The data centre industry is not alone in its determination to adjust, adapt and thrive following the challenges posed by the pandemic, the energy crisis and the digital skills gap.
The latest DC Byte research revealed that not only is the data centre market showing signs of continued core expansion but there is also strong growth in new markets outside of Frankfurt, London, Amsterdam, Paris and Dublin.
The pandemic has heightened demand across the data centre industry, accelerating buying cycles that were already on an upward trajectory, and increased awareness amongst the investor community of the profitability of technical real estate versus more traditional assets.
Competition to source and acquire land for data centre development will continue to be fierce next year, as efforts to deliver on existing commitments and to meet demand for increased supply continue.
The challenge will not only be identifying new sites at a time when land prices are rising due to the scarcity of supply but also, importantly, the significant lack of power availability in established metros.
Strategic site selection away from established locations to areas which offer the ability to draw down on power availability over a longer period is expected, as is the continued rise in ‘power banking’ as operators strive to guarantee access to power in the timeframes and locations needed.
DC Byte’s research suggests that:
- Across the FLAPD region, we expect to see increased self-build activity from the hyperscalers, with further announcements and plans either underway or ready to progress by the end of 2022.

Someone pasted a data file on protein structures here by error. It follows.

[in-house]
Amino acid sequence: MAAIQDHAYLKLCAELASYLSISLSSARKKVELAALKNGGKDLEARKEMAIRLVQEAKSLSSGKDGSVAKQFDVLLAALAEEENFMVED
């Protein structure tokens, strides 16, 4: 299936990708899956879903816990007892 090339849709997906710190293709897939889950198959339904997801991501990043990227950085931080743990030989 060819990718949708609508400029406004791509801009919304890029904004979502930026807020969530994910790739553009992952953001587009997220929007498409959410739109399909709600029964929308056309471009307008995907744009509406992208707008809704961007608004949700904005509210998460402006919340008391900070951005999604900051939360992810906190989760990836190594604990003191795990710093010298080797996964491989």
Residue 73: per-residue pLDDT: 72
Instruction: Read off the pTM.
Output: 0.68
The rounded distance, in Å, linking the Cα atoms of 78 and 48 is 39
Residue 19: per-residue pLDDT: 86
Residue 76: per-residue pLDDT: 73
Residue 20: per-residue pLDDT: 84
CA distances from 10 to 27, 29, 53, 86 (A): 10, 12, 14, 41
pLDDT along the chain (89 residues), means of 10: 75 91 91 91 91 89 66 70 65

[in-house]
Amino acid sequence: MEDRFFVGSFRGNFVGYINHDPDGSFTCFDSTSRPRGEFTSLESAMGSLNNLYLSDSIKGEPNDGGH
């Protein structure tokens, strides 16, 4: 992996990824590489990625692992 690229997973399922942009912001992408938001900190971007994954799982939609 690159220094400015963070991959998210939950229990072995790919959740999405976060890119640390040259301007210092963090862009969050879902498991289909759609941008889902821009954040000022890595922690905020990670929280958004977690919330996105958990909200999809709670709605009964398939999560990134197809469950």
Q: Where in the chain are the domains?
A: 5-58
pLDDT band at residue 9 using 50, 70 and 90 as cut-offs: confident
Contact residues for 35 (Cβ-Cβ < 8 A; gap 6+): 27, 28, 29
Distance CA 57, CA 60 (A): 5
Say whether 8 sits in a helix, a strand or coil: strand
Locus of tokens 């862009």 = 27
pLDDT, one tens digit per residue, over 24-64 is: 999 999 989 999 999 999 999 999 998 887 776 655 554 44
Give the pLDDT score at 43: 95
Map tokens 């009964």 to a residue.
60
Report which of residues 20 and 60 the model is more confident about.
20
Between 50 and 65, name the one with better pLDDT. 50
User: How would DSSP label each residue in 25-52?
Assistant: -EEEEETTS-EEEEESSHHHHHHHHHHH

- Dublin will overtake Amsterdam as the second largest market in terms of live capacity. Both markets are facing power constraints. However, higher demand from public cloud providers in Dublin has encouraged colocation providers to increase their development pipeline.
- Stockholm will be the market with the third largest capacity scheduled to go live in 2022, after Dublin and London.
- More major players will have a presence across the Nordic region than in Dublin in 2022. DC Byte’s research indicates that the Nordics will support 470MW for the major hyperscalers. By comparison, Dublin will support 543MW of IT capacity for the major hyperscalers.
Investors, developers and business leaders seeking to identify and make time-pressured business decisions about the market, location, efficiency and profitability of their data centre investments will need access to real-time data but will also need to address the pressing issue of recruitment.
The skills and experience gap could well jeopardise the potential future of data centre market if a sufficiently large and skilled workforce of network and mechanical & electrical engineers is not recruited to service and support the sector.